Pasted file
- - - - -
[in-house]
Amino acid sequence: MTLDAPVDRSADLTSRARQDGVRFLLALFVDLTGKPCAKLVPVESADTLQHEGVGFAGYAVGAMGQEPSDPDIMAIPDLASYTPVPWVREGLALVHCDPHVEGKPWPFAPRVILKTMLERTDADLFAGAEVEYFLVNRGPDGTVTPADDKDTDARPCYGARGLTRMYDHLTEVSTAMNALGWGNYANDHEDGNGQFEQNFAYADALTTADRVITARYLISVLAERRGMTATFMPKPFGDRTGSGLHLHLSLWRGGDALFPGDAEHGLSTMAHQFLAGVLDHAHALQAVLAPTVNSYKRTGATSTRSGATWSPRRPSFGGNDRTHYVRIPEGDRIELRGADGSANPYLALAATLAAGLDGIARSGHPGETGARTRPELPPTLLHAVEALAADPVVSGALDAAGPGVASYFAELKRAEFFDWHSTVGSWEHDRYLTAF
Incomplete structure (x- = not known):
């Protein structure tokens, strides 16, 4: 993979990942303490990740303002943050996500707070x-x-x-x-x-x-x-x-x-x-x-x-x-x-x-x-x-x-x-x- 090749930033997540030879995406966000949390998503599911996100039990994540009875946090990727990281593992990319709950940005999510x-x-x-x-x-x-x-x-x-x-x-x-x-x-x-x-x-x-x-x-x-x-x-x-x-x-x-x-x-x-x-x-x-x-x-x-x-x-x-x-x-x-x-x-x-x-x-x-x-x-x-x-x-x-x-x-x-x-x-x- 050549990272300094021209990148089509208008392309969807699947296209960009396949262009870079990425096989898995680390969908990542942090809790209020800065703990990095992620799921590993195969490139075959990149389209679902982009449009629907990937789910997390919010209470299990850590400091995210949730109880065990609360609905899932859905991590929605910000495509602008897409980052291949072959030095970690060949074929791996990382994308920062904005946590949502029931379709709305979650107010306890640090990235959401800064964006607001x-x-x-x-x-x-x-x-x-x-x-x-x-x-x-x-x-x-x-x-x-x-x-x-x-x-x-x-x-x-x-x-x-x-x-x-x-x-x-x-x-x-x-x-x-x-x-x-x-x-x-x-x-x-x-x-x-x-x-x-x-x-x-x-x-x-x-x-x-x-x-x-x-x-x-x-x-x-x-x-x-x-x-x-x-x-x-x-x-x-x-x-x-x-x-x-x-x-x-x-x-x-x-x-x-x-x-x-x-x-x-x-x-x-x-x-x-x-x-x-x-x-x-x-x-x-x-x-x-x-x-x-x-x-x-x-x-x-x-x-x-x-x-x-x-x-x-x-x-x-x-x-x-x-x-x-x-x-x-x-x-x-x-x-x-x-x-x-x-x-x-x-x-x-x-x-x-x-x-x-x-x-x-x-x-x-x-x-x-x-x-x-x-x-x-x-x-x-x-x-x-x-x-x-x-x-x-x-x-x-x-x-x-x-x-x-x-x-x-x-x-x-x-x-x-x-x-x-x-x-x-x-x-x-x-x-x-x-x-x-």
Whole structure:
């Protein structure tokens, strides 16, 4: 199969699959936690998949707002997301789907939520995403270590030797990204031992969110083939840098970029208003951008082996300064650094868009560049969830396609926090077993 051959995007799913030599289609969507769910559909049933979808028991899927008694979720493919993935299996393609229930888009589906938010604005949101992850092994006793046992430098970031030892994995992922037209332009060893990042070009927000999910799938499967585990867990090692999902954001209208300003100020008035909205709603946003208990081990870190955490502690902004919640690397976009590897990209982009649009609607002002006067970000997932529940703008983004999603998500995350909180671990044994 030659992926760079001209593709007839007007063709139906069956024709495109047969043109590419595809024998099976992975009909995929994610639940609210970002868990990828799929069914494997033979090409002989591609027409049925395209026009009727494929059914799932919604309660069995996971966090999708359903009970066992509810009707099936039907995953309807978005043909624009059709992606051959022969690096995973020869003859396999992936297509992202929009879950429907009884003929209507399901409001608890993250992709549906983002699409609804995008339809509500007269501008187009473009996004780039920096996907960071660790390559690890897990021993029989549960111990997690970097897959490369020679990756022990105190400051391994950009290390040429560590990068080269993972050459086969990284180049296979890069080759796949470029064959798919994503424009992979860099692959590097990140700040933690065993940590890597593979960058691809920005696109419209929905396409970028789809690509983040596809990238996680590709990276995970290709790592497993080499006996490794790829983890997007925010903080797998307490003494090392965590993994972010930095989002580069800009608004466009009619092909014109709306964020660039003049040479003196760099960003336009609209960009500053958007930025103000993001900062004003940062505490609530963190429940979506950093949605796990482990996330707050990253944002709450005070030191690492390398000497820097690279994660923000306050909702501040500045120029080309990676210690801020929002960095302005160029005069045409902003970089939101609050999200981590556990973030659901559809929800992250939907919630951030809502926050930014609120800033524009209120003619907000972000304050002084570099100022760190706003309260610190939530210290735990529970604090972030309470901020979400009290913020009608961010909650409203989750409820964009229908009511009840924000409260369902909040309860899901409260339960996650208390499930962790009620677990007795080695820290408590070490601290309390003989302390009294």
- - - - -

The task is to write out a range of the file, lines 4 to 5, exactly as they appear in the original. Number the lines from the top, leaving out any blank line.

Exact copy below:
């Protein structure tokens, strides 16, 4: 993979990942303490990740303002943050996500707070x-x-x-x-x-x-x-x-x-x-x-x-x-x-x-x-x-x-x-x- 090749930033997540030879995406966000949390998503599911996100039990994540009875946090990727990281593992990319709950940005999510x-x-x-x-x-x-x-x-x-x-x-x-x-x-x-x-x-x-x-x-x-x-x-x-x-x-x-x-x-x-x-x-x-x-x-x-x-x-x-x-x-x-x-x-x-x-x-x-x-x-x-x-x-x-x-x-x-x-x-x- 050549990272300094021209990148089509208008392309969807699947296209960009396949262009870079990425096989898995680390969908990542942090809790209020800065703990990095992620799921590993195969490139075959990149389209679902982009449009629907990937789910997390919010209470299990850590400091995210949730109880065990609360609905899932859905991590929605910000495509602008897409980052291949072959030095970690060949074929791996990382994308920062904005946590949502029931379709709305979650107010306890640090990235959401800064964006607001x-x-x-x-x-x-x-x-x-x-x-x-x-x-x-x-x-x-x-x-x-x-x-x-x-x-x-x-x-x-x-x-x-x-x-x-x-x-x-x-x-x-x-x-x-x-x-x-x-x-x-x-x-x-x-x-x-x-x-x-x-x-x-x-x-x-x-x-x-x-x-x-x-x-x-x-x-x-x-x-x-x-x-x-x-x-x-x-x-x-x-x-x-x-x-x-x-x-x-x-x-x-x-x-x-x-x-x-x-x-x-x-x-x-x-x-x-x-x-x-x-x-x-x-x-x-x-x-x-x-x-x-x-x-x-x-x-x-x-x-x-x-x-x-x-x-x-x-x-x-x-x-x-x-x-x-x-x-x-x-x-x-x-x-x-x-x-x-x-x-x-x-x-x-x-x-x-x-x-x-x-x-x-x-x-x-x-x-x-x-x-x-x-x-x-x-x-x-x-x-x-x-x-x-x-x-x-x-x-x-x-x-x-x-x-x-x-x-x-x-x-x-x-x-x-x-x-x-x-x-x-x-x-x-x-x-x-x-x-x-």
Whole structure: